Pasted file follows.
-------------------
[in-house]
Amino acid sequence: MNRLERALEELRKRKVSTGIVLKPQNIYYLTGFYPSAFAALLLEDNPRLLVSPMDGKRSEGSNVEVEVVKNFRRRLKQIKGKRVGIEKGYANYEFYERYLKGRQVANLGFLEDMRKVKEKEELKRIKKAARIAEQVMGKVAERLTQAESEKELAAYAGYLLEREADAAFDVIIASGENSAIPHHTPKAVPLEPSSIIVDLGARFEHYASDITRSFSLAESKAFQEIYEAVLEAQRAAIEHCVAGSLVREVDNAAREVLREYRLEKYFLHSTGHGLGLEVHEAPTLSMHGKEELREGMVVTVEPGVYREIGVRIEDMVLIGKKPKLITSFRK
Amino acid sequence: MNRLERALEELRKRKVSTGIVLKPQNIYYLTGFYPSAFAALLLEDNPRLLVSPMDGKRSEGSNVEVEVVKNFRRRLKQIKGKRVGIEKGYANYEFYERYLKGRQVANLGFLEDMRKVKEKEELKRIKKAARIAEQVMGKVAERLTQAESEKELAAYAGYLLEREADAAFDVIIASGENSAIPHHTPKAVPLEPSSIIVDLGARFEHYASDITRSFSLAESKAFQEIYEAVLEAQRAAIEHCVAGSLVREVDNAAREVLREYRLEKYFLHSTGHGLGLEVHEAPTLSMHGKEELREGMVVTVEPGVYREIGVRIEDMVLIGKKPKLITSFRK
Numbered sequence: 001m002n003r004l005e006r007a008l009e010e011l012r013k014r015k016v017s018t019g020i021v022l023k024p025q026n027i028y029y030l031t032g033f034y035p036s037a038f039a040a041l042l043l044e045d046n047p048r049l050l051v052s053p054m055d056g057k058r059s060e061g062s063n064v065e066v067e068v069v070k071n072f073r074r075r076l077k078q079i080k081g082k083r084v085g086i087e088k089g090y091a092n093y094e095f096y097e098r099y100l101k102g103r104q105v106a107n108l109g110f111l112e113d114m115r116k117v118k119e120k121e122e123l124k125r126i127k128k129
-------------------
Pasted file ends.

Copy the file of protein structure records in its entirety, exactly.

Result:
[in-house]
Amino acid sequence: MNRLERALEELRKRKVSTGIVLKPQNIYYLTGFYPSAFAALLLEDNPRLLVSPMDGKRSEGSNVEVEVVKNFRRRLKQIKGKRVGIEKGYANYEFYERYLKGRQVANLGFLEDMRKVKEKEELKRIKKAARIAEQVMGKVAERLTQAESEKELAAYAGYLLEREADAAFDVIIASGENSAIPHHTPKAVPLEPSSIIVDLGARFEHYASDITRSFSLAESKAFQEIYEAVLEAQRAAIEHCVAGSLVREVDNAAREVLREYRLEKYFLHSTGHGLGLEVHEAPTLSMHGKEELREGMVVTVEPGVYREIGVRIEDMVLIGKKPKLITSFRK
Amino acid sequence: MNRLERALEELRKRKVSTGIVLKPQNIYYLTGFYPSAFAALLLEDNPRLLVSPMDGKRSEGSNVEVEVVKNFRRRLKQIKGKRVGIEKGYANYEFYERYLKGRQVANLGFLEDMRKVKEKEELKRIKKAARIAEQVMGKVAERLTQAESEKELAAYAGYLLEREADAAFDVIIASGENSAIPHHTPKAVPLEPSSIIVDLGARFEHYASDITRSFSLAESKAFQEIYEAVLEAQRAAIEHCVAGSLVREVDNAAREVLREYRLEKYFLHSTGHGLGLEVHEAPTLSMHGKEELREGMVVTVEPGVYREIGVRIEDMVLIGKKPKLITSFRK
Numbered sequence: 001m002n003r004l005e006r007a008l009e010e011l012r013k014r015k016v017s018t019g020i021v022l023k024p025q026n027i028y029y030l031t032g033f034y035p036s037a038f039a040a041l042l043l044e045d046n047p048r049l050l051v052s053p054m055d056g057k058r059s060e061g062s063n064v065e066v067e068v069v070k071n072f073r074r075r076l077k078q079i080k081g082k083r084v085g086i087e088k089g090y091a092n093y094e095f096y097e098r099y100l101k102g103r104q105v106a107n108l109g110f111l112e113d114m115r116k117v118k119e120k121e122e123l124k125r126i127k128k129